In December 2020, CentOS users were hit by a surprise announcement that the CentOS Project would be dropping support for CentOS 8 by December 2021. They would also be changing their model to be a beta or “rolling” release of RHEL (Red Hat Enterprise Linux). Needless to say, a lot of people were unhappy. In retrospect, this should have been expected when RedHat acquired the CentOS Project in 2014 and they themselves were acquired by IBM in 2019; who promptly increased the cost of the RHEL subscription. This caused a lot of universities worldwide to drop RHEL in favour of CentOS.
These changes have left users scrambling to find a CentOS replacement and platforms trying to fill the hole that CentOS will leave. There are two that are trying to establish themselves as a CentOS replacement and a couple of other options that are paid. Today we will take a look at the pros and cons of each of these platforms.
AlmaLinux is RHEL fork being developed by CloudLinux who specialize in extended OS support and commercial hosting. The 8.3 version has already been released and can be downloaded for free on their website. CloudLinux promised $1M in development funds each year towards AlmaLinux. As long as they don’t get bought out by IBM, the AlmaLinux 8 would have support through 2029.
Pros: Led by Cloudlinux, whose distro is widely used by shared hosting providers.
Cons: Not pioneers of free software. Hopefully, they’ll stick to their message “Always free, always open source.”
RockyLinux is another RHEL fork being developed by the community, with CentOS’ original creator, Gregory Kurtzer, leading the charge. The same day Red Hat announced its plans to replace stable CentOS 8 with rolling release CentOS Stream, the original developer of CentOS announced a new project to provide a RHEL fork to CentOS users. The Release Candidate should be released on April 30th with a full release to come shortly thereafter. They have a few sponsors, including Amazon AWS, helping them out with development, but Gregory Kurtzer is mostly the sole lead sponsor of the project. They do have a lot of contributors and volunteers helping out the project.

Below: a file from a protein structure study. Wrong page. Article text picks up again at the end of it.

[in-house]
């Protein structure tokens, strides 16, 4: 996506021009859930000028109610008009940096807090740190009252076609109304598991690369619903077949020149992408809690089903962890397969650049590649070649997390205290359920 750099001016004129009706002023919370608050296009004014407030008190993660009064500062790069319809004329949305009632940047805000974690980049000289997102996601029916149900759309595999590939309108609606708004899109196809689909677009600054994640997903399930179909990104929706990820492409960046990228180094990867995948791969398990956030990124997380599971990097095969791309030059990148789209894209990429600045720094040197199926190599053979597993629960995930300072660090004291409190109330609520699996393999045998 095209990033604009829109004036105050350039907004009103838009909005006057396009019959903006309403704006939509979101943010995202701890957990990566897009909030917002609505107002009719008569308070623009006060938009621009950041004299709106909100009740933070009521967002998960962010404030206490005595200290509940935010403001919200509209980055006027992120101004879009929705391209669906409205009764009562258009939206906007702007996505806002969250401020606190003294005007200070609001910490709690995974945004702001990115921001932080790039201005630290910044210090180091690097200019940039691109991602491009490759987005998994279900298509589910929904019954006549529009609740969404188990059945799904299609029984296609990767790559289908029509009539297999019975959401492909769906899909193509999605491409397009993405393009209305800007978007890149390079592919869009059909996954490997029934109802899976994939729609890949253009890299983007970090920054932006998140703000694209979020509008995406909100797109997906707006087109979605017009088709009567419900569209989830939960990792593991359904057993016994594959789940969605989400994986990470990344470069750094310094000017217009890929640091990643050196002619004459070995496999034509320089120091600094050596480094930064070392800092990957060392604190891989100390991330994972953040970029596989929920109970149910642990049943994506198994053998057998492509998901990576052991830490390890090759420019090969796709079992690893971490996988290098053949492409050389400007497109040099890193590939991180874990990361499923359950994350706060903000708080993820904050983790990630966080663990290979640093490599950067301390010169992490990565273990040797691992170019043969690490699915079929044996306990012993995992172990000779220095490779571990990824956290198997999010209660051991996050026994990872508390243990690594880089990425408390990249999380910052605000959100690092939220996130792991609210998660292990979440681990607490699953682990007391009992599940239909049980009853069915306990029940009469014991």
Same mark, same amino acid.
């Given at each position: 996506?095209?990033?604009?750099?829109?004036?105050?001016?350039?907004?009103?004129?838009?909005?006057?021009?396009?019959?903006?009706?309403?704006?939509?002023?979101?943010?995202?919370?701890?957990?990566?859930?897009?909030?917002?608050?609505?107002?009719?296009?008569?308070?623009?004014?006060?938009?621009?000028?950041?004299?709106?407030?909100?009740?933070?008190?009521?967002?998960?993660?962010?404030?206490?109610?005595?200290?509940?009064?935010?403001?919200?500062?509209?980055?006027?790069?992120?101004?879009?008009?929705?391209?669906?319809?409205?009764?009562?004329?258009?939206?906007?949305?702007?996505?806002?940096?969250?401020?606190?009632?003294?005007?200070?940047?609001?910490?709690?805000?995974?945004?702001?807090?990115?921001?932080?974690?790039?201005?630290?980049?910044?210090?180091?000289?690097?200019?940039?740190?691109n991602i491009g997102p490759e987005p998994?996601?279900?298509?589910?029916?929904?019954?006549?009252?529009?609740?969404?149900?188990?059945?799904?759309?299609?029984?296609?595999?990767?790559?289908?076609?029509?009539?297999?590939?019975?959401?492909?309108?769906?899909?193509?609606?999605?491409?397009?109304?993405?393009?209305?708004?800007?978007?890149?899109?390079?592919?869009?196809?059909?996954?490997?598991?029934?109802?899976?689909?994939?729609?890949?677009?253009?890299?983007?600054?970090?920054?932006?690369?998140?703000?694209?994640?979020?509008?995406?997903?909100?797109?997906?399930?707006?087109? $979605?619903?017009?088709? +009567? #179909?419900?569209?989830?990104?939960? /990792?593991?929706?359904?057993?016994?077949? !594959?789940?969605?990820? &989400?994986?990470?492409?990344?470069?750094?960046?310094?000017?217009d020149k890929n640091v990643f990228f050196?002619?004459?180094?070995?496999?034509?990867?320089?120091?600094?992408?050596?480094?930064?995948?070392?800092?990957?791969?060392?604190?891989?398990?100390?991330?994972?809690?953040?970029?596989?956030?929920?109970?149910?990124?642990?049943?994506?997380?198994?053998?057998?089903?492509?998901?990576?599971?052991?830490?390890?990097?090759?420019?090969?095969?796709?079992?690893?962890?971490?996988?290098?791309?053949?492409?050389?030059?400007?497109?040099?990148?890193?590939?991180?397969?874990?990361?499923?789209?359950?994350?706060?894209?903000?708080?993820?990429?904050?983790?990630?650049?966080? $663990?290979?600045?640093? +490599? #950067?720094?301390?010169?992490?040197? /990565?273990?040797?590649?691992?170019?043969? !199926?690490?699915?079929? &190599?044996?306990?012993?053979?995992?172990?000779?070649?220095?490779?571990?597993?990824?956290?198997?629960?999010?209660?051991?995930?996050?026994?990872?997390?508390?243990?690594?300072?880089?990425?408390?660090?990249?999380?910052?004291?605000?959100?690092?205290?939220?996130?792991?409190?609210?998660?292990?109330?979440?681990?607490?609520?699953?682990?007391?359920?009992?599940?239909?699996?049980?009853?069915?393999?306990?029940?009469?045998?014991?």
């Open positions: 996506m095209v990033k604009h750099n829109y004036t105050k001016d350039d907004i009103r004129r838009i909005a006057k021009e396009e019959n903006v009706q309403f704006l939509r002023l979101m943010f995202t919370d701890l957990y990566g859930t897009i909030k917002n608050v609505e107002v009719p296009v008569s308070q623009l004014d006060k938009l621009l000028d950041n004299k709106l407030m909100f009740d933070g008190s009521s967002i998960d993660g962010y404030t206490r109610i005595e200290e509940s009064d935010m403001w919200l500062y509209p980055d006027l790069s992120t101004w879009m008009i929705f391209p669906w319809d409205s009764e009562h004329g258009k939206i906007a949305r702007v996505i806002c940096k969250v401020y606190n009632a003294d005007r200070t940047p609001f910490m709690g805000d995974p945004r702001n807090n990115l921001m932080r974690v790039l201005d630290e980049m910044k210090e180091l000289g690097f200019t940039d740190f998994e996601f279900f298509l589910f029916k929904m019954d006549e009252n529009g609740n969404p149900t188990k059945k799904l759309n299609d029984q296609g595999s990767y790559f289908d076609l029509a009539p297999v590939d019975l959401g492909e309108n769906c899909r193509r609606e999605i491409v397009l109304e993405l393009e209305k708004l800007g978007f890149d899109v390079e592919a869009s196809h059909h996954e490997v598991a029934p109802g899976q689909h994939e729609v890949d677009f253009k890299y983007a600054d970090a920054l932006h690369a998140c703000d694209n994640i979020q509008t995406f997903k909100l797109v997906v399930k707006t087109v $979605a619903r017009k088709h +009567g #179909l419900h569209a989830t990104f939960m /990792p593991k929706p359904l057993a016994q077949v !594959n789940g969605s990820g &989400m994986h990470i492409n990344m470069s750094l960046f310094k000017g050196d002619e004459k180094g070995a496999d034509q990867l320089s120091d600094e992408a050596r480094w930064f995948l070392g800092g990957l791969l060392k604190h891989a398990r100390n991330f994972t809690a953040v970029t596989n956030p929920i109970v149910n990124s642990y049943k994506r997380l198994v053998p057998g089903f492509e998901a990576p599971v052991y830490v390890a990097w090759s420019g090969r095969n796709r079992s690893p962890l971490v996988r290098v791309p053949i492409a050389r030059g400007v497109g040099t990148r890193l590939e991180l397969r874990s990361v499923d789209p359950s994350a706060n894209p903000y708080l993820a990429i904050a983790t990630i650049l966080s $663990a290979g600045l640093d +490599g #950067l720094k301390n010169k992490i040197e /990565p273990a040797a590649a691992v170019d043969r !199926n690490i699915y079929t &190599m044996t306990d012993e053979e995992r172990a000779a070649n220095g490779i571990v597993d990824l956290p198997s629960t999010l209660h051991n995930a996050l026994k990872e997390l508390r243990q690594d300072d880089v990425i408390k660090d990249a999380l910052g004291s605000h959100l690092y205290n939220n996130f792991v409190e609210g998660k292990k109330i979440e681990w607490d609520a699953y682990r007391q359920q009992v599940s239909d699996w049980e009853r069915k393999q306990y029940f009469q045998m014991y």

Pros: Led by the founder of the CentOS project.
Cons: ETA for RC April 30th with full release further down the line.
Which one should I choose?
Frankly, both seem like fine alternatives. If you prefer that your OS is run by volunteers and helpers, RockyLinux is right for you. If you prefer that there was a proper company with a good track record behind the OS development, AlmaLinux might be your preferred choice. But it all depends on the software you’re also going to run. If you’re the type of person to use cPanel, AlmaLinux and its parent company, CloudLinux OS, already support cPanel. It’s still unknown if RockyLinux will be successful in the long run as CentOS 5 and 6 had a shaky beginning, but we at CWH wish them the best of luck.
Oracle Linux – Another Option
There’s also another distro that constantly gets overlooked. Oracle Linux. It’s a free alternative to CentOS that operates on paid support. Has existed since 2006. It is however run by another corporation that is known to drop support for their other Open Source software, i.e. MySQL and OpenOffice. But if you want to protest IBM/RedHat’s direction Oracle Linux could be your choice of distro. If all you need is Free Enterprise OS Oracle Linux might be the choice for you.
Pros: It’s from Oracle.
Cons: It’s from Oracle.
Red Hat Enterprise Linux
RHEL is developed by RedHat, an IBM subsidiary that was purchased in 2019 for $34 billion and operates out of IBM’s Hybrid Cloud division. The OS Self-Support cost is $349/socket-pair for 1 year and $995/socket-pair for 3 years. It has a limitation of only one guest/VM. More info on their website and how they calculate the subscription cost. You do get premium support if you opt for a more expensive version with engineers helping you out. So, if your needs include fast support and solution, RHEL is the choice for you.
Pros: The source of all of the clones. Spectacular support.
Cons: Not cheap and from the same company that pulled the plug on CentOS
CloudLinux OS is an RHEL rebuild distro designed for shared hosting providers. It’s a much cheaper alternative, costs $168/year and includes support. The CloudLinux OS Plus has priority support included and the cost is $216.00/year; neither version has artificial limits set in place, unlike RHEL.
Pros: Great support, has extended support for EOL OS and easily integrates with cPanel.
Cons: Paid OS
Which of these options call out to you? Are there any other options that you think we missed?